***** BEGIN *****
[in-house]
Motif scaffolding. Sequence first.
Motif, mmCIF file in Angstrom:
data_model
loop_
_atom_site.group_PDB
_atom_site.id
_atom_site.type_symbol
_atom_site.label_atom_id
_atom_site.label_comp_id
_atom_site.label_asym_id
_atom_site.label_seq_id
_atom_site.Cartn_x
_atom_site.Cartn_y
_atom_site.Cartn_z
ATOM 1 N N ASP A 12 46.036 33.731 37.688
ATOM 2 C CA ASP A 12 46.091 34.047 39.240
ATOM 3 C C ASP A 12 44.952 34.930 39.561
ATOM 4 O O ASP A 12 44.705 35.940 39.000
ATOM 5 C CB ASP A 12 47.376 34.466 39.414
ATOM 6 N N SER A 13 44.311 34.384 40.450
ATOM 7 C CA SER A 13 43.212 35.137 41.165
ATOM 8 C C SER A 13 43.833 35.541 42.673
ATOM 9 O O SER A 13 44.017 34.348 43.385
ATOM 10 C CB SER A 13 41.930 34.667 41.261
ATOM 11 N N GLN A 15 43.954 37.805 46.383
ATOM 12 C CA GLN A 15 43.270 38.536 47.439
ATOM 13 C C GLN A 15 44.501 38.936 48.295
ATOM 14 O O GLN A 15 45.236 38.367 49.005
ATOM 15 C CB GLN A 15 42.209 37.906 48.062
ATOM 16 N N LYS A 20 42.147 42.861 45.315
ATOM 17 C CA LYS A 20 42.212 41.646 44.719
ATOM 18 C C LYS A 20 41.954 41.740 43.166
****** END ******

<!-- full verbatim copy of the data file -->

[in-house]
Motif scaffolding. Sequence first.
Motif, mmCIF file in Angstrom:
data_model
loop_
_atom_site.group_PDB
_atom_site.id
_atom_site.type_symbol
_atom_site.label_atom_id
_atom_site.label_comp_id
_atom_site.label_asym_id
_atom_site.label_seq_id
_atom_site.Cartn_x
_atom_site.Cartn_y
_atom_site.Cartn_z
ATOM 1 N N ASP A 12 46.036 33.731 37.688
ATOM 2 C CA ASP A 12 46.091 34.047 39.240
ATOM 3 C C ASP A 12 44.952 34.930 39.561
ATOM 4 O O ASP A 12 44.705 35.940 39.000
ATOM 5 C CB ASP A 12 47.376 34.466 39.414
ATOM 6 N N SER A 13 44.311 34.384 40.450
ATOM 7 C CA SER A 13 43.212 35.137 41.165
ATOM 8 C C SER A 13 43.833 35.541 42.673
ATOM 9 O O SER A 13 44.017 34.348 43.385
ATOM 10 C CB SER A 13 41.930 34.667 41.261
ATOM 11 N N GLN A 15 43.954 37.805 46.383
ATOM 12 C CA GLN A 15 43.270 38.536 47.439
ATOM 13 C C GLN A 15 44.501 38.936 48.295
ATOM 14 O O GLN A 15 45.236 38.367 49.005
ATOM 15 C CB GLN A 15 42.209 37.906 48.062
ATOM 16 N N LYS A 20 42.147 42.861 45.315
ATOM 17 C CA LYS A 20 42.212 41.646 44.719
ATOM 18 C C LYS A 20 41.954 41.740 43.166